Update (4/25 4:30 p.m.): According to the Associated Press, 9/11 Memorial spokeswoman Kaylee Skaar said the following regarding the actions of a security guard who stopped a student choir from singing the U.S. National Anthem at the site last week:
"The guard did not respond appropriately. We are working with our security staff to ensure that this does not happen again with future student performances."
When students from Waynesville Middle School in North Carolina were visiting New York City last week, they got a dose of hospitality.
The students, who are part of a school chorus, visited the 9/11 Memorial in downtown Manhattan and began to sing the U.S. National Anthem to honor the fallen. Unfortunately for the kids, they were stopped halfway through their performance by security who claimed that they could not perform because they did not have a permit.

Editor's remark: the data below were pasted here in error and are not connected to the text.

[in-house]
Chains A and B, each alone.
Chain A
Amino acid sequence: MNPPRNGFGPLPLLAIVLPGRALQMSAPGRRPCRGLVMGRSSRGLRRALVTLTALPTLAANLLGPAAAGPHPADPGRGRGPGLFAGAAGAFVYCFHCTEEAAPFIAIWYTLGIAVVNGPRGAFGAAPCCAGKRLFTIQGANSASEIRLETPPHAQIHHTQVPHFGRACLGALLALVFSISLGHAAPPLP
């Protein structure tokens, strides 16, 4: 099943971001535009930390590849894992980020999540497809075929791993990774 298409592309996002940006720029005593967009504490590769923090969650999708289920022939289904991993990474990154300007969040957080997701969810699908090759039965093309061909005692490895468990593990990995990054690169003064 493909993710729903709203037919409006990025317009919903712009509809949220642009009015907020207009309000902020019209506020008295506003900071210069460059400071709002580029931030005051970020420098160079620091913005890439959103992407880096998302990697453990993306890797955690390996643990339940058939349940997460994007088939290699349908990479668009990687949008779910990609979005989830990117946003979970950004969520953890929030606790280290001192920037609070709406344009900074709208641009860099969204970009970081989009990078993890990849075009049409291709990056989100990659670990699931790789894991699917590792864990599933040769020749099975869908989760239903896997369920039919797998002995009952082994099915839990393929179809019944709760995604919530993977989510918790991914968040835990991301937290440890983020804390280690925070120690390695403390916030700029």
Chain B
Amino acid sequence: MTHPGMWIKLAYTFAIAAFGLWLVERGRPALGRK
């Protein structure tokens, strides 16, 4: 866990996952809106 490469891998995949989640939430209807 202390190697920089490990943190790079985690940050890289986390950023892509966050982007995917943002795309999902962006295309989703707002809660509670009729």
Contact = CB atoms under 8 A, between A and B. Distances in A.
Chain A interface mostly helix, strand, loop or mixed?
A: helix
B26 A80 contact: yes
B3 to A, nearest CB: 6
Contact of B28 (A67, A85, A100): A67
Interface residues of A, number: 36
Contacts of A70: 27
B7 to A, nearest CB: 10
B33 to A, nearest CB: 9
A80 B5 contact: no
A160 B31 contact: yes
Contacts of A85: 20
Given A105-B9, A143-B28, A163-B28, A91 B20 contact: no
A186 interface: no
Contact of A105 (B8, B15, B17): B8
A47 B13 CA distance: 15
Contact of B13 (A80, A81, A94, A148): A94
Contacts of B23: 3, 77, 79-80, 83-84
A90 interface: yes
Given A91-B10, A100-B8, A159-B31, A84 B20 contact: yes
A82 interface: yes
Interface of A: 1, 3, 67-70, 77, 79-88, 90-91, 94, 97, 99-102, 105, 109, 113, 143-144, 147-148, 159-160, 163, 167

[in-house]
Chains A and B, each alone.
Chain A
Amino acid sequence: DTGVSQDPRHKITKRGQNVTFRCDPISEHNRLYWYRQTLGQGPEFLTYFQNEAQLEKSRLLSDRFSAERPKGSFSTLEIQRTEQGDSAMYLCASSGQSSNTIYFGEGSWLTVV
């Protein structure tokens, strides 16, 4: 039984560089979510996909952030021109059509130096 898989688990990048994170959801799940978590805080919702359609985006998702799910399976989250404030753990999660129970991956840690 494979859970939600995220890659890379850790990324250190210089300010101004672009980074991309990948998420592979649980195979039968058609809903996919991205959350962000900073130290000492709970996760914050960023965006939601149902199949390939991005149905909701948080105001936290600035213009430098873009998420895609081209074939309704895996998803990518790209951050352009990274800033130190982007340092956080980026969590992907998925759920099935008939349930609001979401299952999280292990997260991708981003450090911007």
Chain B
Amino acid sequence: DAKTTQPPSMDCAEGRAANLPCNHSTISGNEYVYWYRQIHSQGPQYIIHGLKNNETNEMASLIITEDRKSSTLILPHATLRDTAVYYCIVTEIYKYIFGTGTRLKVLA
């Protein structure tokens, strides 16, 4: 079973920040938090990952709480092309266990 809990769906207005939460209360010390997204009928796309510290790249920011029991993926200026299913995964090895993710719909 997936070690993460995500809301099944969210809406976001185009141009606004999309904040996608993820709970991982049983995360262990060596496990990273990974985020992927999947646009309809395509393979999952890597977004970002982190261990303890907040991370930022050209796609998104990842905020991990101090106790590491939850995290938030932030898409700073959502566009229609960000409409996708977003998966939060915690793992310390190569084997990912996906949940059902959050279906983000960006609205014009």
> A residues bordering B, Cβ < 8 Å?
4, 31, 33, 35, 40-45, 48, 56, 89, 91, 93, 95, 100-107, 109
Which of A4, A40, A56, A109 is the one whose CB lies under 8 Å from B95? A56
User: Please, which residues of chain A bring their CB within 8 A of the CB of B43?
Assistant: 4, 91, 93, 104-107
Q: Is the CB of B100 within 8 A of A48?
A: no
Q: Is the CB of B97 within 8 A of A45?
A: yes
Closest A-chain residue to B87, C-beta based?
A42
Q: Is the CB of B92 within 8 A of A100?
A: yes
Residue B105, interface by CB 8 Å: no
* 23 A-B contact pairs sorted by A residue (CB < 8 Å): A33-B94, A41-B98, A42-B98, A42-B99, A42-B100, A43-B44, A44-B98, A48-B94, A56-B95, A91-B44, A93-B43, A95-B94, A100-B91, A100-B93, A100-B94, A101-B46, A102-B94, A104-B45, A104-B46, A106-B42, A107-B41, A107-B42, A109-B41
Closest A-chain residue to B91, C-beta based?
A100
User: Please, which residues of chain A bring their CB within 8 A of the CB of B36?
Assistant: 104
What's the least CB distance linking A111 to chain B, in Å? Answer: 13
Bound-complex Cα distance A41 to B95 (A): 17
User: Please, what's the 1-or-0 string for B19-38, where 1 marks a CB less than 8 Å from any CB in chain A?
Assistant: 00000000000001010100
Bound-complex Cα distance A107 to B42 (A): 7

There is a "permit application for musical performances" on the 9/11 Memorial website, but many are angered by the stoppage because the performers were told by the initial security guard that they could perform. A subsequent security guard halted the performance and told the group they could not perform for two reasons.
The kids were also told was that the 9/11 Memorial should be treated as a burial ground.
Waynesville Middle School Principal Trevor Putnam commented, "Basically they performed approximately half of the National Anthem, and they were told by security to cease and desist. And they, of course, complied immediately."
While Putnam said he understood why the children were stopped, he noted, "I hate that our kids didn't get to finish."
The children did get to perform the National Anthem in New York, however: the students performed the anthem on Fox & Friends Monday morning.
For the story and the children's performance on Fox & Friends, watch below: